I was trying to find an image for this post, but figured you don’t want to see another photograph of Gary Bettman making a turgid face as he strains to offer another non-answer at a press scrum…
I don’t know what it says about me that Forbes puts out some of my favorite hockey analysis, but they’ve done it again with their annual report on the value of hockey franchises. In it, they illustrate that the media’s focus on the operational losses of franchise ownership–which are themselves specious claims for owners who also own their arenas–are nothing more than the short-term price one pays for what can be staggeringly lucrative mid-term investments.
We mortals are expected to get by on the sort of paltry returns available to people playing with mere hundreds or thousands of dollars. What Forbes’ list indicates is that if you can afford to sink $200MM into a franchise, you’ll probably get the kind of increases in overall value, year over year, that make losing $5MM a year in the short term more than palatable. (Presuming you’ve got it to lose after buying the thing, admittedly.)
I won’t focus on Toronto, where all sense and logic are destroyed in the void of abject homerism. Or on New York, where they have a license to print money. ($74MM in cool cash year-over-year, zero debt.) But Melnyk’s looking at a nice little $100MM return on his $120MM investment in the Sens about a decade ago. Double your value in 10 years? Anyone who even bothers to look at their RRSPs will tell you that’s a pretty good deal.
Ottawa’s operating income was probably slim to nothing – $14.5MM before taxes, etc. But between all of the undeclared revenues that are made possibly through owning a hockey team – non-hockey events at ScotiaBank Place, television revenues, merchandise – in addition to the return when Melnyk gets around to selling the team, even a small market team like Ottawa, presents an enviable investment.
Maybe more suprising is how much debt Ottawa is carrying. At 59% of value, Ottawa is eighth overall is debt load, among the likes of the Islanders, Panthers, Hurricanes and Stars. They’re worse off than Nashville and St. Louis. This seems strange since Melnyk’s had a decade to pay off that arena. This may speak to his financial woes at Biovail. He has a profitable franchise. He just isn’t paying down his principle fast enough to be able to enjoy it.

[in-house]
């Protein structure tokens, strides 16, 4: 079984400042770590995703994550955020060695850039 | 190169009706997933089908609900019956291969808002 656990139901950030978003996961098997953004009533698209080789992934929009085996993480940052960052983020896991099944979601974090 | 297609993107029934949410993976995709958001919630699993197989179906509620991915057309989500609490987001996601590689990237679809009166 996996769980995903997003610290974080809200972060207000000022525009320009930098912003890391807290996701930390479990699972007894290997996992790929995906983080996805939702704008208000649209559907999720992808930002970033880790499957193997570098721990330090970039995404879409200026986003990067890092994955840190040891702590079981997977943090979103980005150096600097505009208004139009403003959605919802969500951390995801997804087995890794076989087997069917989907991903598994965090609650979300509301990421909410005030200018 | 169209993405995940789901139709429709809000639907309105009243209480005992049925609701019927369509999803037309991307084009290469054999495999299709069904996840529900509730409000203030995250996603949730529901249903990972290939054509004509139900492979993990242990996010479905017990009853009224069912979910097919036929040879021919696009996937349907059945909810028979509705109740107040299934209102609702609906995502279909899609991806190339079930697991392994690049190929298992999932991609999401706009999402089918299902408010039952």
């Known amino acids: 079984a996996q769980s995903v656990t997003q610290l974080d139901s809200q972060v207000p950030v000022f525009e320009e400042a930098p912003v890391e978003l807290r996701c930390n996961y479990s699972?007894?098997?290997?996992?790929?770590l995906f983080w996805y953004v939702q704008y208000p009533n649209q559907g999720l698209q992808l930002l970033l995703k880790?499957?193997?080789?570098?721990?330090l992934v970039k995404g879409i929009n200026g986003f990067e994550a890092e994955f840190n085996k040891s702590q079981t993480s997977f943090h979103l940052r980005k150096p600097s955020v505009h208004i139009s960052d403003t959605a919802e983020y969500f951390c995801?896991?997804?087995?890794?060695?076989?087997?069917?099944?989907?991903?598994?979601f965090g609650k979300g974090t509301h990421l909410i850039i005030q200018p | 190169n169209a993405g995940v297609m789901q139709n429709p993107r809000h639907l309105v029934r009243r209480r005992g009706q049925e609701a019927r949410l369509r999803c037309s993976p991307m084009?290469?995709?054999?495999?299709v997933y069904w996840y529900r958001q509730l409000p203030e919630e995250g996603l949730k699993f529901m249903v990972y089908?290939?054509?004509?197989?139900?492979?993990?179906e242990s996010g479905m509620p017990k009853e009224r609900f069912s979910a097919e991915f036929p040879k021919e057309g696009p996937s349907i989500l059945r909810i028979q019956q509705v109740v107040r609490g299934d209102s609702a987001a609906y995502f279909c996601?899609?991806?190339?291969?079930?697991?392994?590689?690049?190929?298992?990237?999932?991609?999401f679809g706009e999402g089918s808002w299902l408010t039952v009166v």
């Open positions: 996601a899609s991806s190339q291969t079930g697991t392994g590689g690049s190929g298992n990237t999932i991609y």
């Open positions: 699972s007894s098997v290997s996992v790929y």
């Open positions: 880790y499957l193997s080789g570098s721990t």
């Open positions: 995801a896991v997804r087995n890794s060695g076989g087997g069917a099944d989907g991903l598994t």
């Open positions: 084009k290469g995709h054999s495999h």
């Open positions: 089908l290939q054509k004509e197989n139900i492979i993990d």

More surprising still is that despite all this debt he’s carrying, Melnyk doesn’t seem to be a hardliner in this lockout situation. Sitting right there with him, in 10th, are the Washington Capitals, and their owner Ted Leonsis has long been suspected of being a hawk in all of this. Though he’s got a few looooooong term deals, and he might be feeling buyer’s remorse, in many ways the Caps are better off than the Sens financially.
Over on Puck Daddy they’re talking about the gap between rich and poor teams, but I don’t know if that’s really the point. Teams, even the exceedingly poor ones, can claim to be losing money operationally, but the overall value of the franchises don’t go down at the rate that most franchises go up. Only three franchises went down in value last year – St. Louis, Columbus, and Carolina. Two remained neutral – Tampa and Phoenix. (That’s right, Phoenix did not lose overall sale value despite losing more money operationally than any other this season.) And everyone else experienced at least marginal growth. The middle of the pack franchises increased in value between 4% and 11%, which ain’t a bad return in one year for your $150MM-$300MM investment. Especially considering, you know, you get to own a hockey team on top of all that.